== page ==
For Balladeer’s Blog’s review of the very first episode of this 1971-1973 series about London by Gaslight detectives from both the Victorian and Edwardian Ages you can simply click HERE
Episode: THE SECRET OF THE MAGNIFIQUE (February 19th, 1973)
Detective: Mr J.T. Laxworthy, created by the incredibly prolific Edward Phillips Oppenheim. The first Mr Laxworthy story was published in 1912.
Comment: In J.T. Laxworthy’s adventures he wasn’t so much a rival of Sherlock Holmes as a detective, but more in terms of the handful of Holmes stories in which he served as a spy. However, while Holmes was motivated by patriotism, Laxworthy was largely interested in the money he could make from his espionage activities.
Synopsis: The enigmatic but well to do Mr J.T. Laxworthy (Bernard Hepton) recruits two men fresh out of prison – the handsome and smooth conman Sydney Wing (Christopher Neame) and the brawny safe-cracker & thief called Anderson (Neil McCarthy).
After a six-month period in which the two ex-cons acclimate themselves to their restored freedom AND refine themselves into useful agents for Laxworthy, the trio kick off an illicit operation on the Cote d’Azur.
From there the story unfolds almost like a caper movie set during the Belle Epoque. Laxworthy, Wing and Anderson (NOT a law firm) involve themselves in a scheme to steal torpedo plans from the French warship Le Magnifique.
A traitorous French spy, the Marquis Lefant (Gary Watson), has mounted a rival operation involving two recruits of his own. Those recruits – Madame Bertrand (Mitzi Rogers), a beautiful widow and adventuress, and Freeling Poignton (Bruce Boa), a bombastic American millionaire.
Madame Bertrand has seduced the Magnifique‘s Admiral Christador (John Nettleton) into an affair and through him she hopes to obtain an all-access pass to the warship, the better to steal the torpedo plans. The tycoon Poignton was recruited by the Marquis Lefant to finance the operation, including bribes where needed.
The new torpedo plans are supposedly so advanced that the projectiles can be launched from land and travel for miles, thus eliminating the need for France to keep up in the expensive international battleship race.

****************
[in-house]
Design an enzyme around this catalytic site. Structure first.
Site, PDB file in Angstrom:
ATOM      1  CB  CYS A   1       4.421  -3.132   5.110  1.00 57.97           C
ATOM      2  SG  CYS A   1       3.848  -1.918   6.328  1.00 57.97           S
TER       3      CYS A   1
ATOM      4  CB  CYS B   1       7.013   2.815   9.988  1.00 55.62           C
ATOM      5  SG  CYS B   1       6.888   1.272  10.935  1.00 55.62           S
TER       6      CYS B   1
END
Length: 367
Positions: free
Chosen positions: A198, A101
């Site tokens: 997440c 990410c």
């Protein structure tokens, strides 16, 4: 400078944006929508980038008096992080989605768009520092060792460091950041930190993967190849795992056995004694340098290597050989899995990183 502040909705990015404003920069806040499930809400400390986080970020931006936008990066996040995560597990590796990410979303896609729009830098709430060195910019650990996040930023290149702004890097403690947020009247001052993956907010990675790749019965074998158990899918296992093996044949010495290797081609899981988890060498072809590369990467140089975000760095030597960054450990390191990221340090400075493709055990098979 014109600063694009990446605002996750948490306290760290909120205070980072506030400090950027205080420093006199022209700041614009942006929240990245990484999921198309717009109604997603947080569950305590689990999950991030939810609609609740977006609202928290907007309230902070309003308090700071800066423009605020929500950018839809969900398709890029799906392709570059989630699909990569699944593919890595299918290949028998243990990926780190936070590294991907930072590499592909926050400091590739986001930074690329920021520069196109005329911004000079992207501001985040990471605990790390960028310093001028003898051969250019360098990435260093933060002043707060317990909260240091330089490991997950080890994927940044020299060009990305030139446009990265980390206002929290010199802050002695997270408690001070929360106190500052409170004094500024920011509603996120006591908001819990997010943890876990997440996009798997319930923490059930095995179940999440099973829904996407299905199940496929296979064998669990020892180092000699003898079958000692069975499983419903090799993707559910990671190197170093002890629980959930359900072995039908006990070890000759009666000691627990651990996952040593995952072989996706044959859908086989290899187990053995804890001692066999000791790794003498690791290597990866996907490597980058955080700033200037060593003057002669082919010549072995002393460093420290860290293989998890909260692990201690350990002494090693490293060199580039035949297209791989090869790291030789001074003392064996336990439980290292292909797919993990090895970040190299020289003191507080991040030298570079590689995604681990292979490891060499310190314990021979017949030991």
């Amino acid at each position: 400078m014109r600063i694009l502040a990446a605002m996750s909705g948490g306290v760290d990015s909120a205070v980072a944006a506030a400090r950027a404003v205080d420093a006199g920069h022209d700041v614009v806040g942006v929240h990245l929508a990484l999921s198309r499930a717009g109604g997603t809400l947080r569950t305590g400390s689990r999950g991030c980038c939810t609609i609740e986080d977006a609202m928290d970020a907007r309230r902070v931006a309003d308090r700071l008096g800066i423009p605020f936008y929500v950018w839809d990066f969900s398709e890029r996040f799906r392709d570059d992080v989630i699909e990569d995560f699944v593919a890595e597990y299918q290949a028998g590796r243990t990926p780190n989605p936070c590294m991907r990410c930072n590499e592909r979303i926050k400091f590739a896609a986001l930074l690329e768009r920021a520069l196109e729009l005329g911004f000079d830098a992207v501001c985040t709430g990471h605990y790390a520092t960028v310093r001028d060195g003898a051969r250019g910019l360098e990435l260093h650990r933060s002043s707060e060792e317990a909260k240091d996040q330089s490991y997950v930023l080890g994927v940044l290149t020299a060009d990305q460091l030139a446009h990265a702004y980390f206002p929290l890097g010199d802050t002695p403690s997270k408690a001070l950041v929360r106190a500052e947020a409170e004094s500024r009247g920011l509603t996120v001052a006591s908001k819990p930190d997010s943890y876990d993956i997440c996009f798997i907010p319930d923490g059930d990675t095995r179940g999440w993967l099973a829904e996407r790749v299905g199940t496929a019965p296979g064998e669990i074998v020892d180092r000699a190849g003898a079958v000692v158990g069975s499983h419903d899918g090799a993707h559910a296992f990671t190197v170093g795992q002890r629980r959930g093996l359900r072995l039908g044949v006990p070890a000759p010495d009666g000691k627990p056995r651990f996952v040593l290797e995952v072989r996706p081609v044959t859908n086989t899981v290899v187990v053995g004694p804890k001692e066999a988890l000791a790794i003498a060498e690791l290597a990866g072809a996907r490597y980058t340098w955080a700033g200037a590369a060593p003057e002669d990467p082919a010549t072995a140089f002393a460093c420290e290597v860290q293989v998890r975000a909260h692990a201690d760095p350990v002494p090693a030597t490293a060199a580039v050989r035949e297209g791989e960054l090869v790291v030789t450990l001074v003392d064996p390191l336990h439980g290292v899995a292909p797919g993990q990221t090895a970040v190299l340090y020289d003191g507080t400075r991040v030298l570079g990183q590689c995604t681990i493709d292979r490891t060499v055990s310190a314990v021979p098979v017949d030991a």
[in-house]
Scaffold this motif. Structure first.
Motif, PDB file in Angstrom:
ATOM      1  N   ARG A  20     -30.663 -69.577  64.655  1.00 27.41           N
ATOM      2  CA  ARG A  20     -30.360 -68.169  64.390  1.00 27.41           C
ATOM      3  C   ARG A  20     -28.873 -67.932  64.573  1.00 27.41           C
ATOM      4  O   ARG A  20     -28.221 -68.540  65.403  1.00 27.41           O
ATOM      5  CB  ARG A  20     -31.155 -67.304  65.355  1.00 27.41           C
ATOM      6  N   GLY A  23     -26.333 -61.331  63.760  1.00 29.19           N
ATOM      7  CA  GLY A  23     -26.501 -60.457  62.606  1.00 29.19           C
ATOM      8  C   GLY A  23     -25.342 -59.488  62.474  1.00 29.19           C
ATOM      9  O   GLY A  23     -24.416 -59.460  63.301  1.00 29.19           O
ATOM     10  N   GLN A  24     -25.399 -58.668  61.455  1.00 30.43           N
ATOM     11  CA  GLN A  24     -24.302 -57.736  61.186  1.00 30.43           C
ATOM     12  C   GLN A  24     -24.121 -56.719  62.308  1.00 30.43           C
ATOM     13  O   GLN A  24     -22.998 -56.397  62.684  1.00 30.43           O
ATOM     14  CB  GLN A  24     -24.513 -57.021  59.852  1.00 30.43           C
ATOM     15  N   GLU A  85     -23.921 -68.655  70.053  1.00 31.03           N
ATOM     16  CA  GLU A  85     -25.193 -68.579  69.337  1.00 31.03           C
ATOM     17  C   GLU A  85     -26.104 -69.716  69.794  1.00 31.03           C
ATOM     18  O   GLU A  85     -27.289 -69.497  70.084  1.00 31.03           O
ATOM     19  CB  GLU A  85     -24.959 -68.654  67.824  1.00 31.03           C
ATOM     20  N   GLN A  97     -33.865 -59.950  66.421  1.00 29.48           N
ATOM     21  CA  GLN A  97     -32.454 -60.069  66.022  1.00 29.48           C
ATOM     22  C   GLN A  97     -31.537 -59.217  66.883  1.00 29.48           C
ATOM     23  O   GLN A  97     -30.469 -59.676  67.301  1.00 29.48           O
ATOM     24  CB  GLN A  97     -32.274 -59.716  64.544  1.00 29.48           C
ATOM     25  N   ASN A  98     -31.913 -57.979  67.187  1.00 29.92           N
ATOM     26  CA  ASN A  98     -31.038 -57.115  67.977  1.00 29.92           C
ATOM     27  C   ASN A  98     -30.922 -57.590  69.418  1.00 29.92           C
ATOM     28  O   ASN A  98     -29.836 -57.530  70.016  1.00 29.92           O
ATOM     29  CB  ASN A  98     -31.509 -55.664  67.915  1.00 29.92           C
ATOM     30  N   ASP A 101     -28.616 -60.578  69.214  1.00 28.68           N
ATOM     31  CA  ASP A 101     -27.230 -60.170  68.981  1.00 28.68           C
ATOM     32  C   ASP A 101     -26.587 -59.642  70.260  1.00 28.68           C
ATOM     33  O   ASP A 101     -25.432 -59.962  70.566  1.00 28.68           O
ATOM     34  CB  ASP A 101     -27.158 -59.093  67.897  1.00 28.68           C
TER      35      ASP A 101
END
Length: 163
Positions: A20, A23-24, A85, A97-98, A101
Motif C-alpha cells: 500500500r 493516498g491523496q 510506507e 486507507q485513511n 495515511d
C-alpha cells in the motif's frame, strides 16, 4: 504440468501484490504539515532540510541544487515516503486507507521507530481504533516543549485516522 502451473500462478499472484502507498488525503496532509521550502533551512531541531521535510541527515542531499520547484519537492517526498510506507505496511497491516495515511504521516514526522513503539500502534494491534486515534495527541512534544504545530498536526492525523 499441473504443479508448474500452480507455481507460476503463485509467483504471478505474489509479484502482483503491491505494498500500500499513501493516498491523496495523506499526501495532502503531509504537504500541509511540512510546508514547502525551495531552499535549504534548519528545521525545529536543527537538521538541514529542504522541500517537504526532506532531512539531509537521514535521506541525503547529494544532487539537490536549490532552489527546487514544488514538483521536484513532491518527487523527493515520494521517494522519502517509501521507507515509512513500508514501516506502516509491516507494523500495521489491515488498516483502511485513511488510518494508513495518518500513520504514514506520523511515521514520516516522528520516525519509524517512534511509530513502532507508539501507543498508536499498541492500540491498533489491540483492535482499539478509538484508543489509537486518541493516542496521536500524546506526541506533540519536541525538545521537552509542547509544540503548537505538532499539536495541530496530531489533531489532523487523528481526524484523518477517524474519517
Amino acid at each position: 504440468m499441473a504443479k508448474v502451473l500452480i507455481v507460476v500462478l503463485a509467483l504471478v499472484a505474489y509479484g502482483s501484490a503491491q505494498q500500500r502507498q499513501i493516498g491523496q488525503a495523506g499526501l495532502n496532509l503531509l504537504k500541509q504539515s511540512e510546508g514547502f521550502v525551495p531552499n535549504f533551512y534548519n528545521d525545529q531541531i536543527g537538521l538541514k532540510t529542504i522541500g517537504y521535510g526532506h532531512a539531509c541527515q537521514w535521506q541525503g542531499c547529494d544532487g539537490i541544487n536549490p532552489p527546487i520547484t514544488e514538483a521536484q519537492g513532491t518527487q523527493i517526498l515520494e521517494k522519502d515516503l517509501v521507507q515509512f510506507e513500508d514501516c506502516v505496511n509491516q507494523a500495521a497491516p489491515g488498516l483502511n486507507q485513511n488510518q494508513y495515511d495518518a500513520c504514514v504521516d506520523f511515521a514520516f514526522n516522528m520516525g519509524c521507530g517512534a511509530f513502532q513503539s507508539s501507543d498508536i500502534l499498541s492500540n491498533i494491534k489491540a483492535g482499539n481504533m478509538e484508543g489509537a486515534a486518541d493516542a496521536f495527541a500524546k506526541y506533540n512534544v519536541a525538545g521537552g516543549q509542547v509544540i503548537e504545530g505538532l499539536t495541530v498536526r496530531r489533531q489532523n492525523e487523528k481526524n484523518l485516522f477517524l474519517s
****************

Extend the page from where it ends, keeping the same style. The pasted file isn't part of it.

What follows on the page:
The Marquis has misled the naive – even delusional – millionaire, an ardent pacifist, into believing that the new torpedoes can end war forever if the plans are stolen for him. He can then use his fortune to finance such torpedoes for every nation, supposedly making war impractical and ushering in an age of peace. A “Pax Poignton” as the egotistical plutocrat fancies it.
The French spy is lying, of course. The newly designed torpedoes are state of the art, but are certainly not capable of the science fiction deeds that the blustering American has been conned into believing. Lefant plans to exploit the millionaire’s delusions by having him foot the bill for his spy operation’s expenses, then will simply turn over the stolen plans to France’s rival Germany for a large fee.
As the two competing trios feel each other out and try to outmaneuver each other, romantic sparks fly between Sydney Wing and Madame Bertrand, further complicating events.
Meanwhile, J.T. Laxworthy hopes to foil Lefant’s larcenous plan and also extort money from the Marquis and his millionaire patsy.
Viewers expecting a mystery to be solved will be very disappointed. Those expecting a slick caper tale may find a so-so example of the genre, but anyone in the mood for a riveting spy story will not be entertained by The Secret of the Magnifique.
The problems with this episode start with the lead, since Bernard Hepton is just too bland and unengaging as J.T. Laxworthy. Ironically, the 1970s Jeremy Brett, a decade before he turned in the definitive portrayal of Sherlock Holmes, might have been a sensation as the supposedly cosmopolitan mastermind Laxworthy.
Hepton just fades into the woodwork, sabotaging the reasonably watchable performances of the other players and dragging down the overall quality of this episode. +++
I’LL REVIEW ANOTHER EPISODE SOON.
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